• Robert Charles Norman

Army / Flying Corps
  • 21st Australian Infantry Battalion
  • 6th Brigade
  • Private

To select multiple units, brigades and ranks, hold the ctrl or shift key on your keyboard and select your options

  • 1914–1915 Star
  • British War Medal
  • Victory Medal
  • Birth

    Melbourne, Victoria, Australia

  • Enlistment - WW1

    Melbourne, Victoria, Australia

Stories and comments
    • Letter from Pte R.C. Norman in regard to the Southland saga
    • Posted by FrevFord, Thursday, 25 September 2014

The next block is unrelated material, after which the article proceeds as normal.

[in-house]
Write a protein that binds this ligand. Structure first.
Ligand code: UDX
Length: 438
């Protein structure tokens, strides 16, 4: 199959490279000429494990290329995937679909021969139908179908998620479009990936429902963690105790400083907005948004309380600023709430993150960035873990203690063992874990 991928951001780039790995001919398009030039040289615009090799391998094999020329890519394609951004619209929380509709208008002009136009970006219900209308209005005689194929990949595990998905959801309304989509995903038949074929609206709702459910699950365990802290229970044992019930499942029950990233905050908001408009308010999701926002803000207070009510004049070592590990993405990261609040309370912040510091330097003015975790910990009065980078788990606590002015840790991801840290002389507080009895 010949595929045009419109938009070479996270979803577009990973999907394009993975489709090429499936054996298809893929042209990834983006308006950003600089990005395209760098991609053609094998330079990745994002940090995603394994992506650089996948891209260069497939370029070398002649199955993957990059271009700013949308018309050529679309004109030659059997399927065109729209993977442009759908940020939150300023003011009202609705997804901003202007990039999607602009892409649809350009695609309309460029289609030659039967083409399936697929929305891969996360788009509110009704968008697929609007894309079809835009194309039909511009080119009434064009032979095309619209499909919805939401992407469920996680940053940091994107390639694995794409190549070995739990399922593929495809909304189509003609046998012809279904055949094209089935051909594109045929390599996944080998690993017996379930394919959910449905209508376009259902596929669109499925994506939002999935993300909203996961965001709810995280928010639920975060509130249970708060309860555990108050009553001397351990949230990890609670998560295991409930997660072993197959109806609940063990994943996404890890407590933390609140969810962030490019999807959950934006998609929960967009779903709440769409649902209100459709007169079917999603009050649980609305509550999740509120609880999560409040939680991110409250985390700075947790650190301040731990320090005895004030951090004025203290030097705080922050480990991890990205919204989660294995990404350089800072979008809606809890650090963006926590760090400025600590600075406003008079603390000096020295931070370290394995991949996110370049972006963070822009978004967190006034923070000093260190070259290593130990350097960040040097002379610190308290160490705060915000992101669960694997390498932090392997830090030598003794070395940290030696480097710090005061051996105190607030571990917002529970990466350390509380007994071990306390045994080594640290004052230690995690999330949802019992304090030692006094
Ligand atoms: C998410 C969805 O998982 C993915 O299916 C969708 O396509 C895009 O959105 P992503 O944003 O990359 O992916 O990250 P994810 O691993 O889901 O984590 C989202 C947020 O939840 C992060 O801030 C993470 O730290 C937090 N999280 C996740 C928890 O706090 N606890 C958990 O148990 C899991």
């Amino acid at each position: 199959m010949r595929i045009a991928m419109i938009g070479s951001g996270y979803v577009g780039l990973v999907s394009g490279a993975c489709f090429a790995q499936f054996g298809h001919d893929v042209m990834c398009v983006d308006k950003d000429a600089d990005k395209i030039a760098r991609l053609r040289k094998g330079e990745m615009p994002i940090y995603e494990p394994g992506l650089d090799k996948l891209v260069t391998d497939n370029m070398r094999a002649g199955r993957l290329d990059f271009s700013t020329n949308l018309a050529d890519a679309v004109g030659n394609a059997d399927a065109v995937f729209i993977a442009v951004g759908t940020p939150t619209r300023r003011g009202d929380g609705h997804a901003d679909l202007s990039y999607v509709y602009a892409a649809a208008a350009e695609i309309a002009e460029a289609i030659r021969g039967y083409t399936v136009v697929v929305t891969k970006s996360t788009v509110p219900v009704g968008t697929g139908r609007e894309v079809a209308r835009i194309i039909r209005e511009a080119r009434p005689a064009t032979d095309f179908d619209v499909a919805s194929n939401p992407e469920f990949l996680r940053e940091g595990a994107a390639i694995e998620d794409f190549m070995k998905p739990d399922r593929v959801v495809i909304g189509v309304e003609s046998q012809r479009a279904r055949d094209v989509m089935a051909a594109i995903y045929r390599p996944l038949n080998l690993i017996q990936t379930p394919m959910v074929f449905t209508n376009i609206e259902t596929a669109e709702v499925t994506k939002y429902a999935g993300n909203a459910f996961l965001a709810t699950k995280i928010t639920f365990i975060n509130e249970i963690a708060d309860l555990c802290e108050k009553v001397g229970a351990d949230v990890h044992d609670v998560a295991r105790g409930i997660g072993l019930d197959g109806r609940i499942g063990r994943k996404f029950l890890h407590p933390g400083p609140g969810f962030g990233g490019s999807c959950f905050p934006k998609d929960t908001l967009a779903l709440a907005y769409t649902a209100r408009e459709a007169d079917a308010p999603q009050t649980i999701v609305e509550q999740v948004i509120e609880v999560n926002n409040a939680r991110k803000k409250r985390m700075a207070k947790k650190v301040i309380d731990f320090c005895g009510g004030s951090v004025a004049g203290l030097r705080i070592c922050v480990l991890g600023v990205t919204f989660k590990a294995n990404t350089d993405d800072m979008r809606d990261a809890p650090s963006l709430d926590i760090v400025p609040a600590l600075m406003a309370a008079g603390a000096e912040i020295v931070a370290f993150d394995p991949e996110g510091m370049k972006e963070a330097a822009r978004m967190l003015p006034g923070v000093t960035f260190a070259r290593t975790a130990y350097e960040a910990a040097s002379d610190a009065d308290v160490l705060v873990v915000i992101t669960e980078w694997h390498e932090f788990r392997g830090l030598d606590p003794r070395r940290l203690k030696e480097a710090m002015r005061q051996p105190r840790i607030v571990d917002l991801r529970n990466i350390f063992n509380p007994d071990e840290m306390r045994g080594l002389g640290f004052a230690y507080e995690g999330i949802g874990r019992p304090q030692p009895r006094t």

THE HERALD, Tue Nov 23, 1915: FIVE SHIPS TO RESCUE MEN SEASICK IN BOAT The following letter has been received by Mr C. Norman J.P. of Moreland road, East Coburg, from his son, Robert Charles Norman, aged 25. He is a private in the 21st Battalion, 6th Brigade. September 5, 1915 Lemnos Island – On SS [censored] “We left port on Monday evening expecting to get here on Thursday. We zigzagged our course all the way, and kept a good lookout for submarines. Everything went well till Thursday morning, when we had just cleaned our rifles and were going to fall in for a bit of instruction. About 5 to 10am we were struck by an Austrian torpedo. She struck us in No. 2 hold, just in front of the bridge. Luckily, the hold was full of coal, and that had a lot to do with the saving of the ship. I saw the coal and water fly up into the air about 30ft. “We dropped our guns, and rushed downstairs for lifebelts, which were lying on the beds. Talk about shock – we nearly dropped with fright, but soon recovered our nerves, and went to our boat stations on deck, which we were shown the day before. Charlie and I stuck together, and when we arrived on deck one boat was full and lowered. When it reached the water it turned over, and they all fell into the sea, which had a good swell on at the time. About five of them climbed back on to the top of the boat and clung there. The next boat was let down by only one end, and shot most of the chaps into the sea. That was enough for me. “We took off our boots, putties, and tunics, and went astern, where we threw over some of the hatchway and slid down a rope to them. We paddled away a bit from the ship, which we though might sink at any minute. We passed by plenty of boats, but they would not pick us up. Talk about being shipwrecked. I had read about it, but never thought I would ever be in one. We were on our rafts for about an hour, and were getting pretty cold. We had a job to keep together, and were drifting apart all the time. I never gave up hope, and kept my head all the while. It was everyone for himself. FORTY IN CANVAS BOAT. “At last I decided to swim to a boat about 150 yards away. I had a lifebelt on, so struck out, and at last reached it. It seemed like a year before I got there. I was a bit tired, but soon recovered, and started baling out the water with my hat. The chaps were sick all over the place and helpless: there were 40 of us in a canvas boat. We were in her for about three hours before we got picked up by the [censored]. She came from Lemnos, and did 28 knots an hour. My word, I think every man prayed when we could see her coming. There were five ships who came and rescued us. The navy ship had her steam cutters out, and towed us to their ship. “When the chaps in our boat saw the cutter coming to us they lost their heads, and stood up and shouted and waved their arms. You can guess the result. We sank till we were up to our waists, and were like that for 10 minutes. I thought we would turn over, and was ready to jump out any second. We got hooked on in the end and were towed to the ship. My word, we weren’t sorry, either. We got into Lemnos about 5.30 tired out as you may guess. We moved up to the S.S. [censored], where we still are. BEACHED BY VOLUNTEERS. “The Southland held together marvelously, and a volunteer crew got her into the harbor and beached her. We can see masts from here. I forgot to mention that there was a ship anchored on the horizon when we got torpedoed, and instead of coming to our aid fled for her life. She must have been supplying this submarine. We heard yesterday that she was caught and sunk, but we don’t know how true it is. The 23rd reinforcements and New Zealand suffered most; they were just where she got struck. It was a miracle that there were not hundreds drowned. The submarine fired another torpedo, and missed us; it passed by the stern. If we had been struck by that one few would have lived to tell the tale. I got all my kit back, and have only to get a pair of boots and putties. The crew went back to their ship on Friday morning, and looted all the officers and soldiers’ kits, stealing razors, etc. I left my tunic on deck when I went over the side, and all they shook were my badges. MEN’S NERVES AFFECTED. “I was delighted to get the pocket Bible which mother gave me, also my diary. I lost my pipe and tobacco pouch when swimming; they got washed out of my pockets. It took us two or three days to get over the shock, and I am feeling fit and well again now. A lot of the chaps are still very bad; their nerves are gone. Some of the worst cases went back to Alexandria by hospital ship tonight.